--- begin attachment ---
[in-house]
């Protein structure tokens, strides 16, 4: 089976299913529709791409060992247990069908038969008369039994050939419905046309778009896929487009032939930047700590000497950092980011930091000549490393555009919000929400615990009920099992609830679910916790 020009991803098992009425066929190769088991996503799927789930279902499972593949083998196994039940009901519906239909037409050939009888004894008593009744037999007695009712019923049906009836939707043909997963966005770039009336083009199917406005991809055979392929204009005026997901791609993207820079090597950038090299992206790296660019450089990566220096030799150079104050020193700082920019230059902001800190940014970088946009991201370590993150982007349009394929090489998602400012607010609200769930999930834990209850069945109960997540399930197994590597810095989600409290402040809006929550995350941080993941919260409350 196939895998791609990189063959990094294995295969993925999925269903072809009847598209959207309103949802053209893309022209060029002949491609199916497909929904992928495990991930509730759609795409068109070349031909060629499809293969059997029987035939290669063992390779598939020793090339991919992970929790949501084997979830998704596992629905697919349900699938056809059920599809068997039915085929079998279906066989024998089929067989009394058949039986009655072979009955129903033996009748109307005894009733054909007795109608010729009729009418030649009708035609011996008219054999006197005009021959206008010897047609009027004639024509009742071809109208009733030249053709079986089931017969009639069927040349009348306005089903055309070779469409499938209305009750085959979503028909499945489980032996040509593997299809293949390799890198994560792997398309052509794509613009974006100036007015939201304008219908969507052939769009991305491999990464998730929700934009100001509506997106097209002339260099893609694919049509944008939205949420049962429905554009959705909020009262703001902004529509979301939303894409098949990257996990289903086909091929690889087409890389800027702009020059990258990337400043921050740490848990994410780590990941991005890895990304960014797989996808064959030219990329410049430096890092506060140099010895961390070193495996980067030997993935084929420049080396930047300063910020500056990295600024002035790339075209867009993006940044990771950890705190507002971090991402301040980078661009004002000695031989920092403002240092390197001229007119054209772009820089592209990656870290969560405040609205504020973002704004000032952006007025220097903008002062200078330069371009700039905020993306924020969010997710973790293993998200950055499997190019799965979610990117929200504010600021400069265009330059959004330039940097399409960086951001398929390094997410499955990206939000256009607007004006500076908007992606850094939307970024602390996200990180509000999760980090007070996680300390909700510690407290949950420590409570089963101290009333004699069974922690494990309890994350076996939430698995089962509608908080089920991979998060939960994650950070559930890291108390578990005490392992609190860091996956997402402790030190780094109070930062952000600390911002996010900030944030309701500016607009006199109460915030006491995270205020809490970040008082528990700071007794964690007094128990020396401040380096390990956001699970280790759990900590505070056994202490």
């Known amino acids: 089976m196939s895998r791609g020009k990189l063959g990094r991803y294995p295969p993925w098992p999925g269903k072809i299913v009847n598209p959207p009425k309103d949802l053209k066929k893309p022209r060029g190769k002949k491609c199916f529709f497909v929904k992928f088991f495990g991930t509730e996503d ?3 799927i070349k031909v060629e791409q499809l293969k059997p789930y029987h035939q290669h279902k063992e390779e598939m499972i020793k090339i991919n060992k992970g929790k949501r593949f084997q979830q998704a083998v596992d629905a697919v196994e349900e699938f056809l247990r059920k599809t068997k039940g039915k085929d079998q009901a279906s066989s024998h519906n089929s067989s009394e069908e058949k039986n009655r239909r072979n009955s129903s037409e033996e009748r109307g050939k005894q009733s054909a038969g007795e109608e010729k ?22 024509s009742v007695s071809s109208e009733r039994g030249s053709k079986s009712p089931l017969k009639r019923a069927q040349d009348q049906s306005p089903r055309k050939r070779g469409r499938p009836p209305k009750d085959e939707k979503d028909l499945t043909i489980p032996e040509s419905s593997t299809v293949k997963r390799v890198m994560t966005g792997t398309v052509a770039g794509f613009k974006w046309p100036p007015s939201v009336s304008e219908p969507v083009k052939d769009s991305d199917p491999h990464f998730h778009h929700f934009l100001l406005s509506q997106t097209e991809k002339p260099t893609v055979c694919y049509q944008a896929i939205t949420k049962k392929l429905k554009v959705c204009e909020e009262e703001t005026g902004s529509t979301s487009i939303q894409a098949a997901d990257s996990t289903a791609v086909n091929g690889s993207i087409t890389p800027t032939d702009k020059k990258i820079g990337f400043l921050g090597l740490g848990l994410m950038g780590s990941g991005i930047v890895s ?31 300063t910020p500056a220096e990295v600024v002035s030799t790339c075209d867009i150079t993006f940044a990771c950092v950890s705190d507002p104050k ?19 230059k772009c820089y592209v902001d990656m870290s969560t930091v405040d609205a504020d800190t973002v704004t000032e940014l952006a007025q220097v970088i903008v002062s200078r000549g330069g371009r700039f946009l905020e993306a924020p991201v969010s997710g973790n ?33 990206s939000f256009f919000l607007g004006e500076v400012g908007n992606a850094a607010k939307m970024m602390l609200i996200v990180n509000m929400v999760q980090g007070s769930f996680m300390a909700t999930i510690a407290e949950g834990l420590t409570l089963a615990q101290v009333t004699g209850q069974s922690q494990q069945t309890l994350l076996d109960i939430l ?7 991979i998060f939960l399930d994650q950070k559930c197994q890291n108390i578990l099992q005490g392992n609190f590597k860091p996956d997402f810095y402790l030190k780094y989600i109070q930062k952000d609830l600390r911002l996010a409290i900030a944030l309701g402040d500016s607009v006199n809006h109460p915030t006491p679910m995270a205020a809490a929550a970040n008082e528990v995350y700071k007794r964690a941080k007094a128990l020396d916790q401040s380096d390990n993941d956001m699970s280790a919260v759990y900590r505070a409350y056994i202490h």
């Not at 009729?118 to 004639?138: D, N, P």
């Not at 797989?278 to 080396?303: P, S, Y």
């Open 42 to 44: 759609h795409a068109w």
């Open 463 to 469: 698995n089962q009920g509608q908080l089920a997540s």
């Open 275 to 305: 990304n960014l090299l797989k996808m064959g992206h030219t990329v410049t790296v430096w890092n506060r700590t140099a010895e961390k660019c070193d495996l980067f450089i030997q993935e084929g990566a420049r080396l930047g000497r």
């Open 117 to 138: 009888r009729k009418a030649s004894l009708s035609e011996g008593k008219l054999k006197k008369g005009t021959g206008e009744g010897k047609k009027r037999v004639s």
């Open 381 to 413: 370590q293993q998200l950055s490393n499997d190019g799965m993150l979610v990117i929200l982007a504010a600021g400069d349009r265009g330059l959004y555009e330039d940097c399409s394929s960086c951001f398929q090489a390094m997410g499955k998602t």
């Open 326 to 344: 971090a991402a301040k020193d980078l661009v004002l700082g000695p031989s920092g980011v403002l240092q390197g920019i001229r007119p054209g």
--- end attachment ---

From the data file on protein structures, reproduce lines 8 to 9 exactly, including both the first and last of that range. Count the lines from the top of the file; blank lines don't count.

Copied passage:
């Open 275 to 305: 990304n960014l090299l797989k996808m064959g992206h030219t990329v410049t790296v430096w890092n506060r700590t140099a010895e961390k660019c070193d495996l980067f450089i030997q993935e084929g990566a420049r080396l930047g000497r």
């Open 117 to 138: 009888r009729k009418a030649s004894l009708s035609e011996g008593k008219l054999k006197k008369g005009t021959g206008e009744g010897k047609k009027r037999v004639s």